The clinical performance of a small diameter tibial nailing system with a mechanical distal aiming device.


PubMedID: 10831746

Karachalios T, Babis G, Tsarouchas J, Sapkas G, Pantazopoulos T. The clinical performance of a small diameter tibial nailing system with a mechanical distal aiming device. Injury. 2000;31(6):451-9.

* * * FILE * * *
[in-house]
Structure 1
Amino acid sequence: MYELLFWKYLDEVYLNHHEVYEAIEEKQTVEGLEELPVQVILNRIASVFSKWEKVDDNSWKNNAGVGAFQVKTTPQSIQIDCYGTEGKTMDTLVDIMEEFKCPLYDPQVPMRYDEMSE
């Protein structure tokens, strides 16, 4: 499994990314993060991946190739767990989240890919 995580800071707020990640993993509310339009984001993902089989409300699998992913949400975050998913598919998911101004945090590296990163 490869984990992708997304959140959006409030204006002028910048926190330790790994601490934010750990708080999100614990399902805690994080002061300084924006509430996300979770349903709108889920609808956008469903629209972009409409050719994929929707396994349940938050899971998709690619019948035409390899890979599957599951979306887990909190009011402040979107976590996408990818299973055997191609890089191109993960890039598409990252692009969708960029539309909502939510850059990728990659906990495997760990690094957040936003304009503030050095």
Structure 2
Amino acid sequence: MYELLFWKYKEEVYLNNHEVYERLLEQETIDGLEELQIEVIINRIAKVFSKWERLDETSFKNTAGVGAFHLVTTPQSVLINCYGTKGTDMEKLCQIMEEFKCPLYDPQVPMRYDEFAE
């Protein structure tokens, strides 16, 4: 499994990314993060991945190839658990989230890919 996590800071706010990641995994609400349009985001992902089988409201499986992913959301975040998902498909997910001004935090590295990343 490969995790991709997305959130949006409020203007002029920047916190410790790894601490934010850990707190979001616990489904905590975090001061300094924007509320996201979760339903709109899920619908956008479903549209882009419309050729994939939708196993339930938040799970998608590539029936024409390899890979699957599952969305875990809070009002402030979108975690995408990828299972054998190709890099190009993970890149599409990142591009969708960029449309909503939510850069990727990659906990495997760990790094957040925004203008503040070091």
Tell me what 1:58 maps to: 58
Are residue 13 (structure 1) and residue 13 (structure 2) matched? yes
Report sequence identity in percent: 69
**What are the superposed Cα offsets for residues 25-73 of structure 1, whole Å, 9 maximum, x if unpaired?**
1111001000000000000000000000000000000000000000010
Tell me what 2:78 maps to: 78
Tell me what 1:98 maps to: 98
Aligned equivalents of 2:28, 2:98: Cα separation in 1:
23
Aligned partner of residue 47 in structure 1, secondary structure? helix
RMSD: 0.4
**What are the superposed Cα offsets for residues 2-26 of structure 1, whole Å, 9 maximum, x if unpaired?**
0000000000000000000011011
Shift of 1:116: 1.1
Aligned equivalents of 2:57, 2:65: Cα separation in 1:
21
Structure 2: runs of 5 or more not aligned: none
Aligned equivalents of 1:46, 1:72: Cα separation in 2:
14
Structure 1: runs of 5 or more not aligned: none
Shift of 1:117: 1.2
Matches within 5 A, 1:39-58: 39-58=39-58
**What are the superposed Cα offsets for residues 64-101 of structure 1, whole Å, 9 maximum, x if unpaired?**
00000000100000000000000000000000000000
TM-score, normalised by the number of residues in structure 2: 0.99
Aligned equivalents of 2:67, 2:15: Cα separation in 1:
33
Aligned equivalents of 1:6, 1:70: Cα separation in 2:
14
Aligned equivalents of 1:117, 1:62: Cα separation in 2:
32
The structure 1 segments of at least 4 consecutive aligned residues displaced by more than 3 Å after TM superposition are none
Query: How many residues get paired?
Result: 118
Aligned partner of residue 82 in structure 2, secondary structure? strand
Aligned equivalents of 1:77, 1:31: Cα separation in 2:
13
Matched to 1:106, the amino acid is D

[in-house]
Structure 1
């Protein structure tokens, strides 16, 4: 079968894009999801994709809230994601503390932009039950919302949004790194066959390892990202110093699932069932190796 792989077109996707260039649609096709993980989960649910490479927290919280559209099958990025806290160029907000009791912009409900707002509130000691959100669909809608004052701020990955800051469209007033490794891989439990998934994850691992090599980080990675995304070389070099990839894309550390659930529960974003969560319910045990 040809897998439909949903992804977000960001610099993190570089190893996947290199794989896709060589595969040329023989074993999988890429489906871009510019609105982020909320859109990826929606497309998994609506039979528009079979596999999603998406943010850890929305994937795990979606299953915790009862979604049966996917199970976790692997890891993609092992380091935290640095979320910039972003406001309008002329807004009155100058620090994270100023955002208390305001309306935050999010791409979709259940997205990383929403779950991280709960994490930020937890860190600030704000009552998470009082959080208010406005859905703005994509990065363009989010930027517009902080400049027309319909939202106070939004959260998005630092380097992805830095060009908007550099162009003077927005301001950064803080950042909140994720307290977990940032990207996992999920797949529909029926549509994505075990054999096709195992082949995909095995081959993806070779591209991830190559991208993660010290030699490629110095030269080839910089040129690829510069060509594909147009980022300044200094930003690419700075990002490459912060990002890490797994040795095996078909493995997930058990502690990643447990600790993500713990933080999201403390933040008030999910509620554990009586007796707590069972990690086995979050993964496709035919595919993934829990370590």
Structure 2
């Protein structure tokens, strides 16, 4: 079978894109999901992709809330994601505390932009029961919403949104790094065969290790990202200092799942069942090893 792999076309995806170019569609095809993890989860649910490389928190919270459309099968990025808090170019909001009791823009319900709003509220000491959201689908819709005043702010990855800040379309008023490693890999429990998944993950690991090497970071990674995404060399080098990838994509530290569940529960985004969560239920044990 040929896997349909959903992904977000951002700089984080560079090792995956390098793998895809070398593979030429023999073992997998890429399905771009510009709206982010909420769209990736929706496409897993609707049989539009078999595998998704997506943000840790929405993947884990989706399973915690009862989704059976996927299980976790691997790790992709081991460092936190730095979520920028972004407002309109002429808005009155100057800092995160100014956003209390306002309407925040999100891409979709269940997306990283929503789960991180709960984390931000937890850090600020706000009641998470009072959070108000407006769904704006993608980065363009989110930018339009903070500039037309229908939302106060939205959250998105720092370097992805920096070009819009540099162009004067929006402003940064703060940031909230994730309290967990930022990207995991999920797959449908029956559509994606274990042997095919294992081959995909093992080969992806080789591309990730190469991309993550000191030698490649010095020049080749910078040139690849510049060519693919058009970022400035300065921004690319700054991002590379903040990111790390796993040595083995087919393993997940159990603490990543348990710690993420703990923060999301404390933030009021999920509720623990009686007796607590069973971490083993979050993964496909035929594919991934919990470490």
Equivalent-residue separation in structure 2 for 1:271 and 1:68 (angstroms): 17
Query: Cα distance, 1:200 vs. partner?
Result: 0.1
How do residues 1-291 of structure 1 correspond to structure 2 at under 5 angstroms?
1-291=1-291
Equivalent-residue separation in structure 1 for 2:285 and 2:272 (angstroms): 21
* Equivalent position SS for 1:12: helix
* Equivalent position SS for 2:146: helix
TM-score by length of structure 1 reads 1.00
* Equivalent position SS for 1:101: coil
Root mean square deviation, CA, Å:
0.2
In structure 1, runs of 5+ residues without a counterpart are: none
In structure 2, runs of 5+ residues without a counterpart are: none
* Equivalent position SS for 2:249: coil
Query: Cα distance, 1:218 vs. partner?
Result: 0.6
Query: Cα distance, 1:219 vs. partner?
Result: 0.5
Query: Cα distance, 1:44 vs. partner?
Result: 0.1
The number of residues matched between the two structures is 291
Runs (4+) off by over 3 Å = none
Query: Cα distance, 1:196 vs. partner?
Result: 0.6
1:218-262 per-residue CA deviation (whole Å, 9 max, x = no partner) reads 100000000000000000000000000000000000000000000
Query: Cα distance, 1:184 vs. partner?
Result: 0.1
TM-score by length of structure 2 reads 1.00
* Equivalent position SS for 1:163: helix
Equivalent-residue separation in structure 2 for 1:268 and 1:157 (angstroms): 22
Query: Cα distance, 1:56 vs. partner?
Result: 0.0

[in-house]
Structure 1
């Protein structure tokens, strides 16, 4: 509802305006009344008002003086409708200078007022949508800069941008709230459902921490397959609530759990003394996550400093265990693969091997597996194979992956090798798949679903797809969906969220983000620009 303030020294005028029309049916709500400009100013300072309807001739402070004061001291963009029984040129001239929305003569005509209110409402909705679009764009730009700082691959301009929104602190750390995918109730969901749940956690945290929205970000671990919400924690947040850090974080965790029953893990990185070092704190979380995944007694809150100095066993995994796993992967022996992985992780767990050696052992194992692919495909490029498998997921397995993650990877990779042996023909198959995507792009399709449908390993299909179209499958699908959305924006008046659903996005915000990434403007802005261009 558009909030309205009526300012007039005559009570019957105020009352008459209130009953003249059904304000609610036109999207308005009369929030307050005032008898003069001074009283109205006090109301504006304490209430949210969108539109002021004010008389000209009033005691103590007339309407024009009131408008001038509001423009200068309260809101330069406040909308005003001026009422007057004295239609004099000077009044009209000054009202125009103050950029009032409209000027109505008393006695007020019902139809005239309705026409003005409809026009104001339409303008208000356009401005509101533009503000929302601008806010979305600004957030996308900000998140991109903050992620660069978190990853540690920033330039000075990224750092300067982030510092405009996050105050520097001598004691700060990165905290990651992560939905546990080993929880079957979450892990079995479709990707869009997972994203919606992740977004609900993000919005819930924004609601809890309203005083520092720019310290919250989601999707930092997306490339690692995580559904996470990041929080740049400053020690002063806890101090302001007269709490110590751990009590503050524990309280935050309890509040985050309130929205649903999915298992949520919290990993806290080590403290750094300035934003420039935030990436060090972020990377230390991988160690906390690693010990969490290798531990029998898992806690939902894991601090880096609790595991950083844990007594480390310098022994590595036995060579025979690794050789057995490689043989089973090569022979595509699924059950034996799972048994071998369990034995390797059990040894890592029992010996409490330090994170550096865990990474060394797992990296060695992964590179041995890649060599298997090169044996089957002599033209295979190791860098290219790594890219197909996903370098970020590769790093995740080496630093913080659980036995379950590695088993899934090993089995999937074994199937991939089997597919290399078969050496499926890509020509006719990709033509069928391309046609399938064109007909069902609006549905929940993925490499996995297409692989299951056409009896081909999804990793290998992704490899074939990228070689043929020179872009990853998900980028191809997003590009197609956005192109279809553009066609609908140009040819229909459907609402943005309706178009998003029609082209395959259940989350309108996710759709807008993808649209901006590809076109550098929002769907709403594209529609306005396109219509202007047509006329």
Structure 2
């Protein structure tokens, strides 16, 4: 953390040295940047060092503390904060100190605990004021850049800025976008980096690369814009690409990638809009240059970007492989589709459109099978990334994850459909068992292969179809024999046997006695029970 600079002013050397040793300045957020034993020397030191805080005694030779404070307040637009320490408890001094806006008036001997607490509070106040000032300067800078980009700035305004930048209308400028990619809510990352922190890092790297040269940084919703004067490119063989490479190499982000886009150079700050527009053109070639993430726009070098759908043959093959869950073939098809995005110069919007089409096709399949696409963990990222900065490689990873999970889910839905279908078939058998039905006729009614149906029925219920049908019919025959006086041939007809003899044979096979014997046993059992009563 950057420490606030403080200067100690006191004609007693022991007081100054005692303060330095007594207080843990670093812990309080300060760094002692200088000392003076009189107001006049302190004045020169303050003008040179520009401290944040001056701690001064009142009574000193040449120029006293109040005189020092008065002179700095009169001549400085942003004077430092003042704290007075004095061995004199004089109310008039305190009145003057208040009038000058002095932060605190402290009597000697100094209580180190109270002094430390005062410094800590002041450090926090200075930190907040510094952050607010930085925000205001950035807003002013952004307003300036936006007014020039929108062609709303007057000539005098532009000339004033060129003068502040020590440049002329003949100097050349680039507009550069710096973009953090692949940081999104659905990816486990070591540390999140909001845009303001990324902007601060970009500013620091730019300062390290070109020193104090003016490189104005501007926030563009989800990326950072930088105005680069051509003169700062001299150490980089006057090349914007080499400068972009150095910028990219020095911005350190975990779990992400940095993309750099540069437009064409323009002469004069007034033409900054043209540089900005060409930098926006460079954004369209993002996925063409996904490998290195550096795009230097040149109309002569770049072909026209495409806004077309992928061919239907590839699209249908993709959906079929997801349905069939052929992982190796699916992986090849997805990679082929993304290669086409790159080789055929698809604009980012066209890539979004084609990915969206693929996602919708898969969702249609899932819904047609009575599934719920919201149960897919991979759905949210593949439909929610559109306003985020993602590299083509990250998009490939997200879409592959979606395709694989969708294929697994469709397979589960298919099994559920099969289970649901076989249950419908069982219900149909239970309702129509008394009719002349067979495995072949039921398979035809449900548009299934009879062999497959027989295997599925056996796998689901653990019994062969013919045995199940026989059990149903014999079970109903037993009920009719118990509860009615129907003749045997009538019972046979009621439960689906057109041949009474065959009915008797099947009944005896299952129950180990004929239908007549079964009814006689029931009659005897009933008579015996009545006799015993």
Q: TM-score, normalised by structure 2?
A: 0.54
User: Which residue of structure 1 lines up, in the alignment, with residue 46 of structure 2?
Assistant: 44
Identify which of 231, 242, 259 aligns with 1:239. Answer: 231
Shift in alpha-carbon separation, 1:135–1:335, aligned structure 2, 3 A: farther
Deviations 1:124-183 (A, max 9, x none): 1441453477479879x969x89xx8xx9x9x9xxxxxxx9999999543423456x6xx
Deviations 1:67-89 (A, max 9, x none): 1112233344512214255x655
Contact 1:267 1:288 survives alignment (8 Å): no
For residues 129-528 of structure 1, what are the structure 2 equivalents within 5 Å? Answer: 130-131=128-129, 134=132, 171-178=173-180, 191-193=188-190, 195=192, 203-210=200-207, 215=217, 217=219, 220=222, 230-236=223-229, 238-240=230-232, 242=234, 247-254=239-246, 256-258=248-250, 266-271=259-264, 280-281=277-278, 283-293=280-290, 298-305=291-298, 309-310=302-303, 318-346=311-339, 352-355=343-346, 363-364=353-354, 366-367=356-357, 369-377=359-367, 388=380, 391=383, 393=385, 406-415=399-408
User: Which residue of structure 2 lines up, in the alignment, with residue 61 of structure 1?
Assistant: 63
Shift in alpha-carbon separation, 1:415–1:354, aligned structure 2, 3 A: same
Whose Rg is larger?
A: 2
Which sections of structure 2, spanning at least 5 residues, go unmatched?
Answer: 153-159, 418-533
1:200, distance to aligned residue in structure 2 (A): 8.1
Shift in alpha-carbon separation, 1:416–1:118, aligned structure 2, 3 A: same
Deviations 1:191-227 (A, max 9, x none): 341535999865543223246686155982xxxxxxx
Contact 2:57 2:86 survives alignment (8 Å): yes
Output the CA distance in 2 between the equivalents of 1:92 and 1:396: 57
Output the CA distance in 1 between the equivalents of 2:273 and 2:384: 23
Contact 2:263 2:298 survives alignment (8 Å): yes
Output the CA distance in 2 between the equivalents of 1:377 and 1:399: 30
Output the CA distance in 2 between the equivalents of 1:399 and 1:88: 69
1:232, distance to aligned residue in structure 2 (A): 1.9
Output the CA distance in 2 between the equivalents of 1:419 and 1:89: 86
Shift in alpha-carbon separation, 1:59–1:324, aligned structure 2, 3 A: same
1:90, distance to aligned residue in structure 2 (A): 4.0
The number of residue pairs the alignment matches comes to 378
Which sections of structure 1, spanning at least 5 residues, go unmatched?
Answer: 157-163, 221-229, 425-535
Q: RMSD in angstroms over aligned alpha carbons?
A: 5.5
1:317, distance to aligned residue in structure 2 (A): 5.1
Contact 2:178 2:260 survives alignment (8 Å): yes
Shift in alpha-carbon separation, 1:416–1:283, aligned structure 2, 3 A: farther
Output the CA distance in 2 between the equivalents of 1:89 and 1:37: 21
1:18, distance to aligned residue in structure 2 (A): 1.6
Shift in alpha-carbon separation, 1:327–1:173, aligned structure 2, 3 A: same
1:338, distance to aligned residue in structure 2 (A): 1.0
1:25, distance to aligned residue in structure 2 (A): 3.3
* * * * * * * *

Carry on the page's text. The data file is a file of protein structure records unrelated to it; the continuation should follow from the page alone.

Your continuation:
We present the clinical and radiographic results of a prospective study with the Orthofix tibial nailing system. The ease and safety of distal locking with the use of an improved targeting system was also evaluated. Sixty fresh tibial fractures in 60 patients with a mean age of 37.3 years (range 17-73 years) were treated. Eighteen of the fractures were grade I open fractures. All operations were performed in a conventional operating theatre on a simple transparent operating table, with reduction of the fracture performed under manual traction and manipulation of the fracture site. Hand reaming was then performed to ensure, where possible, the insertion of a nail of at least 9 mm in diameter. Fracture healing was observed at a mean of 17 weeks (12-28 weeks). No tibial non-unions occurred in our series, and only three fractures, two segmental and one severely comminuted, showed delayed union. No infection, either superficial or deep, was found and no cardio-pulmonary complications were recorded. Following surgery, all patients gained a full range of pain-free movement of the ankle and knee joints and only six patients (10%) complained of mild anterior knee pain. All patients returned to their previous jobs one month after fracture healing had been confirmed clinically and radiographically. Following nailing, no deviation from normal tibial alignment was detected. No mechanical failure of either the nails or the locking screws was recorded. The mean duration of operation (skin to skin) was 30 min (range 20-45 min) and the mean total theatre time was 55 min (range 40-75 min). The mean total intensification time was 5 s. In total, 120 distal locking screws were inserted using the external targeting device. All attempts at distal locking except five (4.2%) were successful with two failures in the same patient being a result of inappropriate use of the system. We conclude that this nailing system is clinically effective and that distal locking can be performed easily, without exposure to radiation.